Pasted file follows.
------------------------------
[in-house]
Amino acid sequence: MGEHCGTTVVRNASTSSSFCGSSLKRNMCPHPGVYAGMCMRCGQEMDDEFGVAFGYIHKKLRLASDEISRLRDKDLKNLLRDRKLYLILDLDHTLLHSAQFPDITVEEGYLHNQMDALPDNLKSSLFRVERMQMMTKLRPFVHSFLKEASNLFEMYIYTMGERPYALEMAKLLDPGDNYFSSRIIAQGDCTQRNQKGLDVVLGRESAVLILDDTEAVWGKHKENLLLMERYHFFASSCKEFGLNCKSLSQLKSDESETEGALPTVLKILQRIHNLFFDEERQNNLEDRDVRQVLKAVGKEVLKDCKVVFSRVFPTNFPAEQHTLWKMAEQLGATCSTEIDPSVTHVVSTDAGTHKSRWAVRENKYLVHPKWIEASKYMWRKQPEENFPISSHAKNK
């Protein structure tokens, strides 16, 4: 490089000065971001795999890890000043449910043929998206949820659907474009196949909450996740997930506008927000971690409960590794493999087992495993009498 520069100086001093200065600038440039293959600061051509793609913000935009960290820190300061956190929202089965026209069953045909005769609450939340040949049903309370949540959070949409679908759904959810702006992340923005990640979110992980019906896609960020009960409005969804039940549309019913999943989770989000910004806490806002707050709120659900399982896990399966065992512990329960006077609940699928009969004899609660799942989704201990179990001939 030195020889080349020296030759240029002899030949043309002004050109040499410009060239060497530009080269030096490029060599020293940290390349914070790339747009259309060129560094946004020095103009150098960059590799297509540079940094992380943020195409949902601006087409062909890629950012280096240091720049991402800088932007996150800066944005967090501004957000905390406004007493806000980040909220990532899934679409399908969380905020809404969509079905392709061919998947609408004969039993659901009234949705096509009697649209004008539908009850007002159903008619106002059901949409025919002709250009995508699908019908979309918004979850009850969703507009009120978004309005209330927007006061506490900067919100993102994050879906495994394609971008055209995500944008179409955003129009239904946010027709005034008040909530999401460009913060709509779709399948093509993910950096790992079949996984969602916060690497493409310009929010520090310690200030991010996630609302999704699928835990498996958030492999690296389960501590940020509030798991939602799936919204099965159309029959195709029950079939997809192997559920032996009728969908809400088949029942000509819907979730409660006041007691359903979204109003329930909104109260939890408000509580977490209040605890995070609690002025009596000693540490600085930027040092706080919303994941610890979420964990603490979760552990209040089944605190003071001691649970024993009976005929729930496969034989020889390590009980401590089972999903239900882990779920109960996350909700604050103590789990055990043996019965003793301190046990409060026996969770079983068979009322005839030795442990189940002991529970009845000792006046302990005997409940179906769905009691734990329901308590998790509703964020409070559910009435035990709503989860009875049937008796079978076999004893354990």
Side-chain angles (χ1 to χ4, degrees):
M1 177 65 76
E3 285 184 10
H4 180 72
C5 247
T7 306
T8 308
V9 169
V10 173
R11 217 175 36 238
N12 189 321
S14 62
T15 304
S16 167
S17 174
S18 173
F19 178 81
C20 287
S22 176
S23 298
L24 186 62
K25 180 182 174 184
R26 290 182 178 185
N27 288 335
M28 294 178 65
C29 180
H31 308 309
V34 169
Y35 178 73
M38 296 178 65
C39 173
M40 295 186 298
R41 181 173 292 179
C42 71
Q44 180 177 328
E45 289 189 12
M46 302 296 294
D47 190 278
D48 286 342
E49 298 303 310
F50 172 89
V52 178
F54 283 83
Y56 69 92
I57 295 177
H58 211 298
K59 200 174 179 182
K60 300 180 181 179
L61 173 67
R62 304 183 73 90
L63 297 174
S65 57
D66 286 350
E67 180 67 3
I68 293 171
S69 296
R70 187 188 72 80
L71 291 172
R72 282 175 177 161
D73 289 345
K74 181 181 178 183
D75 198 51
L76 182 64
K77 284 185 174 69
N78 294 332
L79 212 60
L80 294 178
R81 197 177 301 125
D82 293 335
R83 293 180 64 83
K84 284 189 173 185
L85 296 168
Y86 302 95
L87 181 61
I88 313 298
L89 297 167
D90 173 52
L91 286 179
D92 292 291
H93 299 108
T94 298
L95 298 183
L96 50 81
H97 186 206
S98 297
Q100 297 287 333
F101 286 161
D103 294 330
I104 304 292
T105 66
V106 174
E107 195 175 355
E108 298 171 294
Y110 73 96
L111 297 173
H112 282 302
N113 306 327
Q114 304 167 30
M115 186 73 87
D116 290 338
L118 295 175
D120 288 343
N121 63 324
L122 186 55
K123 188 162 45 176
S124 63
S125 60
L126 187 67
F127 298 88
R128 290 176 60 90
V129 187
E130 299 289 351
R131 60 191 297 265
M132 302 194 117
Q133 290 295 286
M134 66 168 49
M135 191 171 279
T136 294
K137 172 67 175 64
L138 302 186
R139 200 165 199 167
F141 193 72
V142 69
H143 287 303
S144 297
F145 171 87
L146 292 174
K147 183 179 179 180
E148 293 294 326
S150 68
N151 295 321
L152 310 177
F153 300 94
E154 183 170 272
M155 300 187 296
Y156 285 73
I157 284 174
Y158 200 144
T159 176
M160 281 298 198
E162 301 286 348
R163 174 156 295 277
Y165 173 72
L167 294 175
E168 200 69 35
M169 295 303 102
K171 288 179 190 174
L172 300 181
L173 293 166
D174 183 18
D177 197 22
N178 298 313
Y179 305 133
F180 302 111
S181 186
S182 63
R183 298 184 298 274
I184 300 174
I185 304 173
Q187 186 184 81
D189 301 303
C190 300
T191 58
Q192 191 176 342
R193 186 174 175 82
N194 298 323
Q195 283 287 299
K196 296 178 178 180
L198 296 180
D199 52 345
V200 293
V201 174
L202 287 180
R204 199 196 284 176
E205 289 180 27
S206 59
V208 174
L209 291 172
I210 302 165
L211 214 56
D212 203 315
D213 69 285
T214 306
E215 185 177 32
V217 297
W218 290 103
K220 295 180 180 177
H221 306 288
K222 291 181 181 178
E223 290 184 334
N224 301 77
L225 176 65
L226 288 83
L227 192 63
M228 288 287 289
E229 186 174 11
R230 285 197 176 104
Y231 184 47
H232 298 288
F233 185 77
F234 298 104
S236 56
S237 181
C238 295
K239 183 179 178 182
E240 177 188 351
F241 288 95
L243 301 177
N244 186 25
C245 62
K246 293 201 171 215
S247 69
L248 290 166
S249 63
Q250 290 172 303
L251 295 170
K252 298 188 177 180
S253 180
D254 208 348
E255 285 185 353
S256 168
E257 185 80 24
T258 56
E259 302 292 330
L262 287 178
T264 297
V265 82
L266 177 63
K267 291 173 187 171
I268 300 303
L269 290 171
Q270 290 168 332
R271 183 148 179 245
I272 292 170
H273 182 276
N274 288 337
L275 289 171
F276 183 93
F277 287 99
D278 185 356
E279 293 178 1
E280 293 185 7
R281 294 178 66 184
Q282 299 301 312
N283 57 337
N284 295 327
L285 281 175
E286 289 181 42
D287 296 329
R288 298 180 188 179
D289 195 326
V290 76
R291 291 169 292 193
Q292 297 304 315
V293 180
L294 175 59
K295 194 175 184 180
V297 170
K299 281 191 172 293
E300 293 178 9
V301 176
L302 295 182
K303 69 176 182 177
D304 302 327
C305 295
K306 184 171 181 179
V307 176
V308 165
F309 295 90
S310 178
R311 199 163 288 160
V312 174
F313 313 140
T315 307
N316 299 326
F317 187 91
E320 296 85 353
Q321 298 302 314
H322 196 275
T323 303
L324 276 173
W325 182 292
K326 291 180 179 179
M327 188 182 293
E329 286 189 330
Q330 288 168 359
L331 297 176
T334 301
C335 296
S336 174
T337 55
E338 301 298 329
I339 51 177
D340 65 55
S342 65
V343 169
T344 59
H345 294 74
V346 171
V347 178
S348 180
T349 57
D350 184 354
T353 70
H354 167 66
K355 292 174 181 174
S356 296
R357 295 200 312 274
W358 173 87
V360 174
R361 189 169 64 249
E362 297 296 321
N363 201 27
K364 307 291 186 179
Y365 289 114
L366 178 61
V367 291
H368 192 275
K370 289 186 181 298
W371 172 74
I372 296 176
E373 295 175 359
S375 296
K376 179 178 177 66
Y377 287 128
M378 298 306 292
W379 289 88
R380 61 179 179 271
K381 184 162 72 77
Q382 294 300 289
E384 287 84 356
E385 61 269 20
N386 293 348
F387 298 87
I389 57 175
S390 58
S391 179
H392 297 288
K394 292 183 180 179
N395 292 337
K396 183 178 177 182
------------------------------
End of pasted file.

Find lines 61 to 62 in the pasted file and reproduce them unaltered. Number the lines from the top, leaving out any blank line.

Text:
L71 291 172
R72 282 175 177 161